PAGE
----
When you’re living within city limits, space comes at a premium. So it goes without saying that architects Monica Ponce de Leon and Gregory Saldana, who purchased an Italianate row house in the South End, wanted a home that every member of their family—including two children and two dogs—could enjoy. The result is a place overflowing with personality, from eclectic art to high-end-but-not-too-precious furnishings. (Case in point: an elegant midcentury couch, one arm nibbled by the playful pups.) “We all live in every room, and every room is lived in,” says Ponce de Leon, one of the founders and principals at award-winning design firm Office dA. “We feel at home because we are here—here among our children, the dogs, the books, the photographs, the objects.”
Soon, a job will take them out of town—Ponce de Leon has accepted a post as dean of the architecture college at the University of Michigan—and they’ll carry all those signs of togetherness with them. “But the plan is to retire here,” asserts Saldana, who runs his own consulting practice in Boston. And when they do, their home will be here waiting for them—and, of course, for their dogs.
View the slide show below.
FAMILY TIES: Ponce de Leon and Saldana relax in their South End townhouse with their children, Beatriz and Simon, and their two Vizslas, Zsa-Zsa and Buda.
The sunlight-filled blue room, which features a 1950s sconce above a 19th-century reproduction Empire table, a Bauhaus lamp by Christian Dell, blond bookshelves and a green armchair by Paul McCobb, a Marcel Breuer–designed table, and a cowhide from Ecuador; on the mantel are fragments of the room’s original ceiling medallion.
The cozy family.
A dining room table and two chairs from McCobb’s Connoisseur Collection, circa-1948 Eames chairs from the DAR collection, a sideboard from McCobb’s Planner series, a blown-glass pendant lamp by Jasper Morrison, and historical panoramic photographs.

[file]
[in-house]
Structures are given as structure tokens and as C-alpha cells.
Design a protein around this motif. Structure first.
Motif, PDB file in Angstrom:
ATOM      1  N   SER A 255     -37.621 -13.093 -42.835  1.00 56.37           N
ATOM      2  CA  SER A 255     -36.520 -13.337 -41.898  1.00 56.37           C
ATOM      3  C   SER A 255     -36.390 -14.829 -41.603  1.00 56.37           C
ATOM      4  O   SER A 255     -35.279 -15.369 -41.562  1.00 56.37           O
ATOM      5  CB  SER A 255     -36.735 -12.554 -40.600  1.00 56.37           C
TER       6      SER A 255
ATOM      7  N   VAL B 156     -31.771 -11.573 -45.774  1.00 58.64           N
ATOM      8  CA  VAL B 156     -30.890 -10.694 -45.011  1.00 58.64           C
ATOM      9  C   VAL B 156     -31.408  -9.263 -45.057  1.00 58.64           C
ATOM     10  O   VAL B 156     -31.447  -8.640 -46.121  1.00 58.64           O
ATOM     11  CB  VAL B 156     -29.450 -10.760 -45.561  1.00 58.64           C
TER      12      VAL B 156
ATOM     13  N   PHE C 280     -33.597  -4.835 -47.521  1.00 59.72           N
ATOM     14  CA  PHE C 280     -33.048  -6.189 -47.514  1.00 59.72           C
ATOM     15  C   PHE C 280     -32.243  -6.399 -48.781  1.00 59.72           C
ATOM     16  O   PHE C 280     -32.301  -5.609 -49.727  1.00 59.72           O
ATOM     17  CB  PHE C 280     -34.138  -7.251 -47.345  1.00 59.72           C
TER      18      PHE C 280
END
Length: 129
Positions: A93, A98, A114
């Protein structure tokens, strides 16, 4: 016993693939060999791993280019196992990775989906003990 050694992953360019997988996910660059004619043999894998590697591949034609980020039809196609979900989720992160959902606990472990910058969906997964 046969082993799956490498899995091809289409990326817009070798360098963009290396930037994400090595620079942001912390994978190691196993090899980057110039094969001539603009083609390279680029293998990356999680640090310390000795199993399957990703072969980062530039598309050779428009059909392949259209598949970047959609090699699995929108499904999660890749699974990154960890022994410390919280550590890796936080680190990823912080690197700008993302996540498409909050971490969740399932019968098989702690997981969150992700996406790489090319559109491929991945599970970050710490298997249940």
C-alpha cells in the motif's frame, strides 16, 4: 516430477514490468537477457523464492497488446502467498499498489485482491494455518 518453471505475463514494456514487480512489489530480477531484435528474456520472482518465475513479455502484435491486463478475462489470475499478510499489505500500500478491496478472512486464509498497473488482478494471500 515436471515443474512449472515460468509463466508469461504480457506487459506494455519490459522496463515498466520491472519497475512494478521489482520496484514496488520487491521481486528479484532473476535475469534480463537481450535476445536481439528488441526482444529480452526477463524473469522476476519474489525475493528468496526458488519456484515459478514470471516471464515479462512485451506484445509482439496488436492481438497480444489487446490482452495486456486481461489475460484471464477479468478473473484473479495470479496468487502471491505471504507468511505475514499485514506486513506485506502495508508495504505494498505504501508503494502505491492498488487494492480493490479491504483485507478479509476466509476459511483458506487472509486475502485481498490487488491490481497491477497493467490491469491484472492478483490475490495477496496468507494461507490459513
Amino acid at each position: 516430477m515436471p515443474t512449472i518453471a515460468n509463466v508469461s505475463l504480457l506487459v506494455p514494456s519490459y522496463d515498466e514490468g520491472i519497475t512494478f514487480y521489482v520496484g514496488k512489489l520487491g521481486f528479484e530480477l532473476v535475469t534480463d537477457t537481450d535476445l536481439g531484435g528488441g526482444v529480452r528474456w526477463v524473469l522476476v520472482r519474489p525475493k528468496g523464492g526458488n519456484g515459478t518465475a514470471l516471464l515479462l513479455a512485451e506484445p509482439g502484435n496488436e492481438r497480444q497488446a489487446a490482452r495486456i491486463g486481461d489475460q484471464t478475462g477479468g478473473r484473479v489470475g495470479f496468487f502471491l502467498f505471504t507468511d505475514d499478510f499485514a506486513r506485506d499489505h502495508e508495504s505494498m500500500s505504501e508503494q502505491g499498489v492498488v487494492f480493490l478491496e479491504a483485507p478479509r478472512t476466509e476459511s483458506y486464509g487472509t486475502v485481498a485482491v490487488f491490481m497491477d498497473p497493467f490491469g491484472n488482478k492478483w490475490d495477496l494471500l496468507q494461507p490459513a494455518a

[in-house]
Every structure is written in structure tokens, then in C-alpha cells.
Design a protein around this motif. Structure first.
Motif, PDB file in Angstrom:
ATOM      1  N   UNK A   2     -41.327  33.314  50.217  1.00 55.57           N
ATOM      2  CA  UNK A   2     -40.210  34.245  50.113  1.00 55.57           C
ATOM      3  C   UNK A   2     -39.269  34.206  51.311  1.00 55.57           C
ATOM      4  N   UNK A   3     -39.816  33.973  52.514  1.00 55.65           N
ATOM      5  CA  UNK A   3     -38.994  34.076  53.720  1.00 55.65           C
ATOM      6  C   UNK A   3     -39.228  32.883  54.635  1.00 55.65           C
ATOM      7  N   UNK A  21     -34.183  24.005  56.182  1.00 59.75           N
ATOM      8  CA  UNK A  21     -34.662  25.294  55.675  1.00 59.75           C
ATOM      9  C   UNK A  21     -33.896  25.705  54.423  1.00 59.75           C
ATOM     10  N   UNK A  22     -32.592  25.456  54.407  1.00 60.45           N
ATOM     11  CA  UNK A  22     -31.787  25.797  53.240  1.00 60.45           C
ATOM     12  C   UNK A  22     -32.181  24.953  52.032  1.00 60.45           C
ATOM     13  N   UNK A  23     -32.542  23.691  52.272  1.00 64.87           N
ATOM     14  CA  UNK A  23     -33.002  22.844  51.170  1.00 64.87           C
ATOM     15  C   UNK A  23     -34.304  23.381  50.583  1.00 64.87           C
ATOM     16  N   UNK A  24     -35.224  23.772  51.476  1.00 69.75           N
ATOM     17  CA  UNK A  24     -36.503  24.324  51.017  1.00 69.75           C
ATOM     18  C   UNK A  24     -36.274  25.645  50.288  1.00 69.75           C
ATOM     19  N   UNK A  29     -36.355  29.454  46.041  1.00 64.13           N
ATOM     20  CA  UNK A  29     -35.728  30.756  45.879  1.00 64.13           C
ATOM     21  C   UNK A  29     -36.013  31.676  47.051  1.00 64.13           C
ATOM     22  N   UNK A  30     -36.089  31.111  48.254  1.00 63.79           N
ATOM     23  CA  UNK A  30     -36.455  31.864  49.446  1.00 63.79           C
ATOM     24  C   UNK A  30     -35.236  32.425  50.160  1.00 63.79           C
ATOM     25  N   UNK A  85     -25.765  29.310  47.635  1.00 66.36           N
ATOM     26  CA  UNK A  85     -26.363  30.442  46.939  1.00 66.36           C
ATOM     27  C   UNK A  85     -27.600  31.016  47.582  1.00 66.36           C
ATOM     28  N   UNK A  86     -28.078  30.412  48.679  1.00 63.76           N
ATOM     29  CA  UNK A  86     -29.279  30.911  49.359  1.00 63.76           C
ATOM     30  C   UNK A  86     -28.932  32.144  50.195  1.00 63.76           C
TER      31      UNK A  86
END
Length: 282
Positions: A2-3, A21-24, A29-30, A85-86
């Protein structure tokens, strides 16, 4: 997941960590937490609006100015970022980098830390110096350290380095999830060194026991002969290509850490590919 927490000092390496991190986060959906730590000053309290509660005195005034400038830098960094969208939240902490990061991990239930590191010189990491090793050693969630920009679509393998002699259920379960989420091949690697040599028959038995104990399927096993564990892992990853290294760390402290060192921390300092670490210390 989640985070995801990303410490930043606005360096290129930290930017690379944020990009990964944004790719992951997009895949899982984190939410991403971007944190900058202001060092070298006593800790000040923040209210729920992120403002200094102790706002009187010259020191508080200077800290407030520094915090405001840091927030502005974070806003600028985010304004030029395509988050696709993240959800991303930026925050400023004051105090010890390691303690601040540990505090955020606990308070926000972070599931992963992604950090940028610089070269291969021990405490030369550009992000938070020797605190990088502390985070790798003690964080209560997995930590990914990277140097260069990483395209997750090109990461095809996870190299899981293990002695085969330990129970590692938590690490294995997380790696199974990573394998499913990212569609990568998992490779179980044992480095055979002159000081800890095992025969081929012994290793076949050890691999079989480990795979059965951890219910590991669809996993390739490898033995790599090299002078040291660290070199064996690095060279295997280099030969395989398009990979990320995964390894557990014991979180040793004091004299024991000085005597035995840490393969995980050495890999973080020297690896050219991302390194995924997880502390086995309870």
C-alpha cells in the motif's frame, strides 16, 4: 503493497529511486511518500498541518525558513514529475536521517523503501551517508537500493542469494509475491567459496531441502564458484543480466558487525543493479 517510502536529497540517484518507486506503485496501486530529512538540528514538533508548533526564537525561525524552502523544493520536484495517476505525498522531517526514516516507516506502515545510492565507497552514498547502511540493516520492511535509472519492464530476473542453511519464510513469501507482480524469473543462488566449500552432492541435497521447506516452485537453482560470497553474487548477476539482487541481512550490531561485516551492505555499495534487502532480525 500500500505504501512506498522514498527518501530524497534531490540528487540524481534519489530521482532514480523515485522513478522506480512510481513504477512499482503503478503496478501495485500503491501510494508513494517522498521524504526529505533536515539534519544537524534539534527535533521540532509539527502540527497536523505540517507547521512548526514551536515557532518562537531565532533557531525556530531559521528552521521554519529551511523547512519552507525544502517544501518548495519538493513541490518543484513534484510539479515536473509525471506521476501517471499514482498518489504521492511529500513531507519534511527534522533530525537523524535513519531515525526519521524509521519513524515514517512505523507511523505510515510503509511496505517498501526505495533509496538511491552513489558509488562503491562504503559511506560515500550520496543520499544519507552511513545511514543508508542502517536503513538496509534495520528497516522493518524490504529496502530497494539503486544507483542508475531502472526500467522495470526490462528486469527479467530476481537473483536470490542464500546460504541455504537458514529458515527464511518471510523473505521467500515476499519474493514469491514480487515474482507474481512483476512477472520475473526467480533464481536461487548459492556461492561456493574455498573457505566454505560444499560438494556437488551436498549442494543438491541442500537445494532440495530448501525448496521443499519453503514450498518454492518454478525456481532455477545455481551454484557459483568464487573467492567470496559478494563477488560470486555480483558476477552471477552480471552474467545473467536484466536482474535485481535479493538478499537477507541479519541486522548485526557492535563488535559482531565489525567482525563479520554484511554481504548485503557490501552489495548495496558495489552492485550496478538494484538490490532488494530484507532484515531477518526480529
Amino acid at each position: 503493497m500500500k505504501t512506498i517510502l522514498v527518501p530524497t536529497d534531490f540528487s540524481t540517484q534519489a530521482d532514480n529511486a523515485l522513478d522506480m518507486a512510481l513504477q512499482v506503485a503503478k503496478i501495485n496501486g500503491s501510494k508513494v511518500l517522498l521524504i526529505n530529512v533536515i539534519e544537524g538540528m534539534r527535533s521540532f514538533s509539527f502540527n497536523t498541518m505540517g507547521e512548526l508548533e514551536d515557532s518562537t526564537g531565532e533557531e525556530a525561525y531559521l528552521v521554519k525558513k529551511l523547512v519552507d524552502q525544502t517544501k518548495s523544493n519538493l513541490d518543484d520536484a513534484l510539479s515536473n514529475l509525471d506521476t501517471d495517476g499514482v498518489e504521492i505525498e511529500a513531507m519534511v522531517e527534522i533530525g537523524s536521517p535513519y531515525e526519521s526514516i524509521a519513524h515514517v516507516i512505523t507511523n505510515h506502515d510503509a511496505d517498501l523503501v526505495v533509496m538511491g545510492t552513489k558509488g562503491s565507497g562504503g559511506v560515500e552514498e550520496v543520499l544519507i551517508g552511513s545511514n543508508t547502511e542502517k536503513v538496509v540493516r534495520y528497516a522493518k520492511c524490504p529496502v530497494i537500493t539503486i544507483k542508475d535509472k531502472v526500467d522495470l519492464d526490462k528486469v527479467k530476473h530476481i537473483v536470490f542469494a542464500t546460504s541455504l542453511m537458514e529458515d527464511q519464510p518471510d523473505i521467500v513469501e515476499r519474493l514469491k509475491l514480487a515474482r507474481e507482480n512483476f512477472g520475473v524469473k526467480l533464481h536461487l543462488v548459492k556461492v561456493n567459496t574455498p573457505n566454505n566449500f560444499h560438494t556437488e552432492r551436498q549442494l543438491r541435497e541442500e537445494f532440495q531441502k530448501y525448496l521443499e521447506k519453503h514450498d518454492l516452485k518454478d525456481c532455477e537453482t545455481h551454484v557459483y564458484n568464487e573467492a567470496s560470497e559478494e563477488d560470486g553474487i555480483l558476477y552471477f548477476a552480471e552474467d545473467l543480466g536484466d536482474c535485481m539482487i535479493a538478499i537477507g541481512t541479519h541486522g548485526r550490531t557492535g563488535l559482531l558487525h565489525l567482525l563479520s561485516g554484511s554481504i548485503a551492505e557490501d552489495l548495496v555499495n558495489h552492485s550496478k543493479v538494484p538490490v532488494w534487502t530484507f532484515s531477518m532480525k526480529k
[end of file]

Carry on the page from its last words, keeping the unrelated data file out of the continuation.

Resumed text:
The nursery, with framed drawings by daughter Beatriz, a crib and floor lamp from Ikea, a doll from South End store Tadpole, Grandma Saldana’s rocking lamb, a chrome piggy bank by Harry Allen, and a children’s guitar from Mexico.
Pint-size Beatriz gives Buda a squeeze. In the background is a wooden bookcase by McCobb that holds a collection of 20th-century Scandinavian glass pieces and one of the first Bell telephones designed by Henry Dreyfuss; the floor is original pumpkin pine.
In the master bedroom are six paintings by Venezuelan artist Egilda Gonzales, commissioned by Ponce de Leon’s mother.
The so-called world’s smallest kitchen, which Saldana designed.
A Mission-style 19th-century barrister bookcase displays Wagenfeld egg boilers, 1938 Wagenfeld Kubus stacking containers, a George Nelson clock reproduction, and Russel Wright dinnerware. A Brio toy train from Tadpole sits on the floor.
Clad in brilliant white leather instead of the usual black, the iconic (and ergonomic) Eames lounge chair brightens up a corner. Designed by Charles and Ray Eames for Herman Miller furniture in 1956, the style has been in continuous production ever since.
Artfully arranged family photos sit atop a wall-mounted bookcase built by Saldana.
Clean-lined, utilitarian, and—at under $100—affordable, a wooden Ikea crib makes a practical nursery addition.
In the family’s roomy, light-filled dining area, a large, blond wood sideboard by midcentury designer McCobb conceals extra storage; four of Ponce de Leon’s historic panoramic photos hang on the wall above.
Source URL: http://www.bostonmagazine.com/2008/09/comfort-zone/